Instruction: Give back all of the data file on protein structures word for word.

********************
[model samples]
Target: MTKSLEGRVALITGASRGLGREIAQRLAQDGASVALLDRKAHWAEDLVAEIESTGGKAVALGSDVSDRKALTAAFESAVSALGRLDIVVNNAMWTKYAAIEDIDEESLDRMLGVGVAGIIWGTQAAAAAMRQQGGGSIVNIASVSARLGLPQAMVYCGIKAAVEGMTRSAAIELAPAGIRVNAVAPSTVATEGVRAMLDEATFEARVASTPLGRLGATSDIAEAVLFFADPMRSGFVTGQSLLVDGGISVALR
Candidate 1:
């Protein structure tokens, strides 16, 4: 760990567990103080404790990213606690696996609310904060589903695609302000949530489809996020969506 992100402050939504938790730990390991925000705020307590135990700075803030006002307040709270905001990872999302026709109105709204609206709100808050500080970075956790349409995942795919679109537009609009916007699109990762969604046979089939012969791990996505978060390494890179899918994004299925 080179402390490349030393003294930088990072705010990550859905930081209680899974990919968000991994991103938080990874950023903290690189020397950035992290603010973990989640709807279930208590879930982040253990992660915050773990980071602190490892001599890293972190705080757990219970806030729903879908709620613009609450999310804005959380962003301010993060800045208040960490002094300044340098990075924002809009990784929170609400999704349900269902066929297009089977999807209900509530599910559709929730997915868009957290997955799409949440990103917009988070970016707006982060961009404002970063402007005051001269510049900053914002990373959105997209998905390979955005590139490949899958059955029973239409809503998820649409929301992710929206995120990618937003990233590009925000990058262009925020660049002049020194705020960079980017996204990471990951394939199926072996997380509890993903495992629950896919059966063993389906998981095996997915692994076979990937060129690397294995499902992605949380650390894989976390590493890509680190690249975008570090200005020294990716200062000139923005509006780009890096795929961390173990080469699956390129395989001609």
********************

[model samples]
Target: MTKSLEGRVALITGASRGLGREIAQRLAQDGASVALLDRKAHWAEDLVAEIESTGGKAVALGSDVSDRKALTAAFESAVSALGRLDIVVNNAMWTKYAAIEDIDEESLDRMLGVGVAGIIWGTQAAAAAMRQQGGGSIVNIASVSARLGLPQAMVYCGIKAAVEGMTRSAAIELAPAGIRVNAVAPSTVATEGVRAMLDEATFEARVASTPLGRLGATSDIAEAVLFFADPMRSGFVTGQSLLVDGGISVALR
Candidate 1:
């Protein structure tokens, strides 16, 4: 760990567990103080404790990213606690696996609310904060589903695609302000949530489809996020969506 992100402050939504938790730990390991925000705020307590135990700075803030006002307040709270905001990872999302026709109105709204609206709100808050500080970075956790349409995942795919679109537009609009916007699109990762969604046979089939012969791990996505978060390494890179899918994004299925 080179402390490349030393003294930088990072705010990550859905930081209680899974990919968000991994991103938080990874950023903290690189020397950035992290603010973990989640709807279930208590879930982040253990992660915050773990980071602190490892001599890293972190705080757990219970806030729903879908709620613009609450999310804005959380962003301010993060800045208040960490002094300044340098990075924002809009990784929170609400999704349900269902066929297009089977999807209900509530599910559709929730997915868009957290997955799409949440990103917009988070970016707006982060961009404002970063402007005051001269510049900053914002990373959105997209998905390979955005590139490949899958059955029973239409809503998820649409929301992710929206995120990618937003990233590009925000990058262009925020660049002049020194705020960079980017996204990471990951394939199926072996997380509890993903495992629950896919059966063993389906998981095996997915692994076979990937060129690397294995499902992605949380650390894989976390590493890509680190690249975008570090200005020294990716200062000139923005509006780009890096795929961390173990080469699956390129395989001609």